East Texas veteran service organizations receive over $1 million in grants

From top left, Habitat for Humanity of Smith County CEO Jack Wilson, East Texas Veterans Resource Center Health Care Navigator Wallace Revalee, Ark-Tex Council of Governments Transportation Coordinator Sheena Record and Transportation Planner Veronica Williams pose with grants from the Texas Veterans Commission on Wednesday. At bottom, Northeast Texas Habitat for Humanity Director of Operations Gennifer Coleman poses with a grant from TVC.

The Texas Veterans Commission’s Fund for Veterans’ Assistance presented over $1 million in grants to six organizations in East Texas for providing services to approximately 5,400 veterans last Wednesday.

The yearly grant presentation was held at Habitat for Humanity of Smith County ReStore in Tyler.

The six grant recipients consisted of Ark-Tex Council of Governments, Community Services of Northeast Texas, Inc., East Texas Council of Governments, Habitat for Humanity of Smith County, Northeast Texas Habitat for Humanity and Community Healthcore.

TVC commissioners approved these grant awards in May as part of an overall grant program providing 147 grants to organizations across Texas. The grants this year totaled $33.4 million, including over $1 million that was presented in East Texas.

Funding for these grants is generated primarily by veterans’ cash lottery tickets designated for veteran support. Other sources of funding for the grants come from donation options on drivers’ licenses, licenses to carry a handgun, outdoor recreation licenses for hunting and fishing and vehicle registrations.

Commissioner Kimberlee Shaneyfelt of the Texas Veterans Commission said she’s grateful to the Texas agencies that take care of veterans.

“I think that Texas is the best in the nation when taking care of our veterans. We couldn’t do what we do in the TVC if it wasn’t for all of these helping agencies that take care of our veterans,” Shaneyfelt said.

Shaneyfelt says the donation option when getting a driver’s license or hunting and fishing or handgun license actually makes an impact.

“It’s such a tiny thing, a one or two dollar effort. When you have many of those you can see the power of that with $33 million dollars in grants in 2021 and over $200 million dollars in the history of the program since 2009,” she said. “That small donation or that lottery ticket that you buy is powerful when it’s aggregated across the state of Texas.”

During the event, each organization in attendance received its check and detailed how the money helps out local veterans.

Habitat for Humanity of Smith County CEO Jack Wilson emphasized how the grants will help with their yearly critical home repairs.

“They have to make a choice between food or medicine and they can’t fix their home. There’s nowhere else in Smith County or other organizations that do critical repairs in their homes. Smith County Habitat is their safety net,” Wilson said.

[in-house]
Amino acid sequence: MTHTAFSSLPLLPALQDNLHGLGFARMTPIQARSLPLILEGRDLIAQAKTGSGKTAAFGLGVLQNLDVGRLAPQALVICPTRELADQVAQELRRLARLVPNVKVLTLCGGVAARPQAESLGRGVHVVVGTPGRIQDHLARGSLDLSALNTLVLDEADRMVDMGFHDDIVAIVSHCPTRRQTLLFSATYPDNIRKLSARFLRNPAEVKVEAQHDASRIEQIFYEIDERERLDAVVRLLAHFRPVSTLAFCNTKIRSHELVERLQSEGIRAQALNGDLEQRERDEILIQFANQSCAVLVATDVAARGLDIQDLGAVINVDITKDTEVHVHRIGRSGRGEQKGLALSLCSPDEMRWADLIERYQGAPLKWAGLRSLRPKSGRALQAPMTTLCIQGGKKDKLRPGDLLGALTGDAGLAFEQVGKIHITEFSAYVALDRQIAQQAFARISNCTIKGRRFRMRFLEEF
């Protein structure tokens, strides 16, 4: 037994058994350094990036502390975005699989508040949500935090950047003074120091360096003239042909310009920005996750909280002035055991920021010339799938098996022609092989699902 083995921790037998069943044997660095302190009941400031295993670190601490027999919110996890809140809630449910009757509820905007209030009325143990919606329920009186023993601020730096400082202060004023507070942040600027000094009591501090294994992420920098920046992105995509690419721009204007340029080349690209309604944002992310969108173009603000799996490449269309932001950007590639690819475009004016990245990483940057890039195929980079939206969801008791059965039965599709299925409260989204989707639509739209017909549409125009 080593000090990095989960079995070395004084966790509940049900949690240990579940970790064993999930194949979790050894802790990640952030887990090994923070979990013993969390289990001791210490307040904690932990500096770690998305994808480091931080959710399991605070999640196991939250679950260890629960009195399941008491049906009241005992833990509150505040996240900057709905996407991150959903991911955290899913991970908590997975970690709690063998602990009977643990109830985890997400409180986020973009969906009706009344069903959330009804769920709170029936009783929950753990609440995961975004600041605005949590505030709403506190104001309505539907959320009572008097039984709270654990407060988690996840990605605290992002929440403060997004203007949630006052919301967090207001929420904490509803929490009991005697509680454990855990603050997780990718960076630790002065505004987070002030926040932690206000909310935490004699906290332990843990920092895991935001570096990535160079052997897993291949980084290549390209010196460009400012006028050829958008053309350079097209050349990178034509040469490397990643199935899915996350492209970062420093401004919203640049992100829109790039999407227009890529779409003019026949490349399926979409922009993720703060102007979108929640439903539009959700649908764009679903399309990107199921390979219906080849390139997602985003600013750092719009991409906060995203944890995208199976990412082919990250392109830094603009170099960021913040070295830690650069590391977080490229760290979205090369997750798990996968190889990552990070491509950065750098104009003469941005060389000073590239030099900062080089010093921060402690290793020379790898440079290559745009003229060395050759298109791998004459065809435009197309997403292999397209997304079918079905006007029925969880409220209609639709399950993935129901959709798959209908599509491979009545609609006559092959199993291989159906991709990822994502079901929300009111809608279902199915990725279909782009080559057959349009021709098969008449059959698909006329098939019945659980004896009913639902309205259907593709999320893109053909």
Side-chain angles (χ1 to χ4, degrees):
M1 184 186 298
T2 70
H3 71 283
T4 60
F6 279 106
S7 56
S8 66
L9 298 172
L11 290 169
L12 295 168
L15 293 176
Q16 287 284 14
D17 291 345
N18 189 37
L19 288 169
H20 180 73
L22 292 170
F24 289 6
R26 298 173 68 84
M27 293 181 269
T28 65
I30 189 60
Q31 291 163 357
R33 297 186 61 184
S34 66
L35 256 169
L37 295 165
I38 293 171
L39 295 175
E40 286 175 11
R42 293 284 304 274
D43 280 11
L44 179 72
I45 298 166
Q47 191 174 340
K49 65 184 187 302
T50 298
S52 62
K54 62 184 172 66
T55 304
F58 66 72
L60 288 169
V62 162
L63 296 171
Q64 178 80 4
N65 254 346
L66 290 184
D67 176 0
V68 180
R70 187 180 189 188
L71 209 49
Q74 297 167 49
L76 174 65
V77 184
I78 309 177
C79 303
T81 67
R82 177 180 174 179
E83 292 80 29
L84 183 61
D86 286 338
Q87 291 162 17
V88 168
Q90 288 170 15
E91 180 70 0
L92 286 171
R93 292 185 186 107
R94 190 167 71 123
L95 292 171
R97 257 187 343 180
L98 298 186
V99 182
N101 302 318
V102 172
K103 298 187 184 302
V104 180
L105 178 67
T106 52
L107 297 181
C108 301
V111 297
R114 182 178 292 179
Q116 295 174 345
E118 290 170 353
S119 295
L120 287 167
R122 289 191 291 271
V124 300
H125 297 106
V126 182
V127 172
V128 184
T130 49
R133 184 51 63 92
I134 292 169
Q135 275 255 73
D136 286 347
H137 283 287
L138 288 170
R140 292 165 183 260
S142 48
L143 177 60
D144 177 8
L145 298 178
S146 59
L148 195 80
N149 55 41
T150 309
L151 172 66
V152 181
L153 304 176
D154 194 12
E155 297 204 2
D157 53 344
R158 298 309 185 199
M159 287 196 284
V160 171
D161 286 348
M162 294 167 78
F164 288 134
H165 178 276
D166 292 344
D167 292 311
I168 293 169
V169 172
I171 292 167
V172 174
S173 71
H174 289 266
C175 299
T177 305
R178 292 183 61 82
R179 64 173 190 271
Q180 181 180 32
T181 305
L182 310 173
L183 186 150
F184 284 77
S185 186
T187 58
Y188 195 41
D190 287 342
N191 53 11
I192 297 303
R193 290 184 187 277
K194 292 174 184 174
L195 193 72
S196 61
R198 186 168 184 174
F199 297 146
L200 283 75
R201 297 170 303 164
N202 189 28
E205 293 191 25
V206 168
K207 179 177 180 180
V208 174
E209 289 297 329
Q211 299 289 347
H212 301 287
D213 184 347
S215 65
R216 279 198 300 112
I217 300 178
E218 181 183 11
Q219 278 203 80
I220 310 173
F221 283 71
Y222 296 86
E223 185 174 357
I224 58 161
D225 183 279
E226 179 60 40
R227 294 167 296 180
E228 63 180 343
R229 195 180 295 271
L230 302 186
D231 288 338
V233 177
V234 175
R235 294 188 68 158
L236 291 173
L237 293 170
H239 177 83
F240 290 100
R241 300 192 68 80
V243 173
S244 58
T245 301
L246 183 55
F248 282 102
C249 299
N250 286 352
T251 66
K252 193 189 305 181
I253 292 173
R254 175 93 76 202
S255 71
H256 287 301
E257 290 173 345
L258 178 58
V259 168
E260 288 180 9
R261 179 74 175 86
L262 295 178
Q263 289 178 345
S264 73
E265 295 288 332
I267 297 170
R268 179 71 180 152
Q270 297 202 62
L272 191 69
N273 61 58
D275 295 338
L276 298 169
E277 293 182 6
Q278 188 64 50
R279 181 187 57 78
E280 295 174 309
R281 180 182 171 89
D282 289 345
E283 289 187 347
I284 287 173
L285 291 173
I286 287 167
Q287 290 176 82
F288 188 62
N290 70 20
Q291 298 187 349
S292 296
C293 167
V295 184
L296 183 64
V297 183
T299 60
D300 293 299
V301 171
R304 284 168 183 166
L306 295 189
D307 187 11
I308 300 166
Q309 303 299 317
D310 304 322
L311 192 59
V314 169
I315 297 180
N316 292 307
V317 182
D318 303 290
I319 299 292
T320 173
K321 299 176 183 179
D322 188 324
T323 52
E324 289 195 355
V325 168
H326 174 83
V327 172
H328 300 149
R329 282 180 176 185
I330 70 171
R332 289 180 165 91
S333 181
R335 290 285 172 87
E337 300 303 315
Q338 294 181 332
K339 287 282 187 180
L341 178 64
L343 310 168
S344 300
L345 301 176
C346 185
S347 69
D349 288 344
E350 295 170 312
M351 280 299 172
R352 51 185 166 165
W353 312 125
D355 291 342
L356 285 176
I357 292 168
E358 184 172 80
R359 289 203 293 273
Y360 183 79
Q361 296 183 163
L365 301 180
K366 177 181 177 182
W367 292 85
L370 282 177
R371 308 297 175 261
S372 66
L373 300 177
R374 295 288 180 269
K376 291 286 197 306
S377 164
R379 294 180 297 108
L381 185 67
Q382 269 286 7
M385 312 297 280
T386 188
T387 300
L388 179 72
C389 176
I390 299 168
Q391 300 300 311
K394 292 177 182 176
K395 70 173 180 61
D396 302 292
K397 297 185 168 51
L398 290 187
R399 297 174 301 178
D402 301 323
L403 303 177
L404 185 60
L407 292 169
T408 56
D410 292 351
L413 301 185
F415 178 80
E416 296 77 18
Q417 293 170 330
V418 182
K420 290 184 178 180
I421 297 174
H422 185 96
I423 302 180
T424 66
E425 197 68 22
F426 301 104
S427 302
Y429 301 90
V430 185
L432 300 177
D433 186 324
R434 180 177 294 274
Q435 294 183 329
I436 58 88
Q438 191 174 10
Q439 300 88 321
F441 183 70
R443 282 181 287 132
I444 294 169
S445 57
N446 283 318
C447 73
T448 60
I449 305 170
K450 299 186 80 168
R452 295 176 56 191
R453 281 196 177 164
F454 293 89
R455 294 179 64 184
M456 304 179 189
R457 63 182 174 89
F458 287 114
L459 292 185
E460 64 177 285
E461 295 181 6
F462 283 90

Wilson said he has seen sewage damages in homes and he is happy Habitat can assist with 100 to 150 yearly critical repairs.

“I’ve walked into homes, I’ve seen holes in the floor and I’ve seen the roof falling in. When that happens and it’s not fixed, the rain comes in or mold gets created. We’ve seen people that actually sleep in other rooms because the rain comes in their bedrooms,” he said. “In one case the lady was sleeping on her porch. Or they sleep in their winter clothes.”

Wilson said Smith County Habitat has done 1,200 critical repairs for veterans, seniors and people with disabilities. He also emphasized this couldn’t be done without the grant tour from Texas Veterans Commission.

The assistance for veterans is divided up among five different categories: general assistance, housing for Texas heroes, veterans mental health grants, veterans treatment courts and veteran county service officers.

The grants also support a wide range of services, including emergency financial assistance, transportation, legal services, family support services, home modification, and rental and mortgage assistance.

The six grant recipients for the various categories were:

General Assistance grants

Ark-Tex Council of Governments — one grant for $5,000 to fund transportation services for veterans in Lamar County.

Community Services of Northeast Texas, Inc. – one grant for $300,000 to fund financial assistance for veterans, dependents, and surviving spouses in 15 counties across East Texas.

East Texas Council of Governments – one grant for $150,000 to fund transportation services and programs for veterans in 14 counties, including Panola.

Housing for Texas Heroes grants

Habitat for Humanity of Smith County – one grant for $150,000 to fund home modifications for veterans and surviving spouses in seven counties.

Northeast Texas Habitat for Humanity – one grant for $200,000 to fund home modifications for veterans in three counties.

Community Healthcore (Sabine Valley Regional Mental Health Center) – two grants for a total of $200,000:

  • $150,000 general assistance grant funding support services for veterans, dependents and surviving spouses in 12 counties across East Texas, including Panola.
  • $50,000 mental health grant funding peer support services for veterans, dependents and surviving spouses in 12 counties across East Texas, including Panola.

Veterans in need of assistance can find the organizations providing help in their area and how to make contact at tvc.texas.gov/grants/assistance/.

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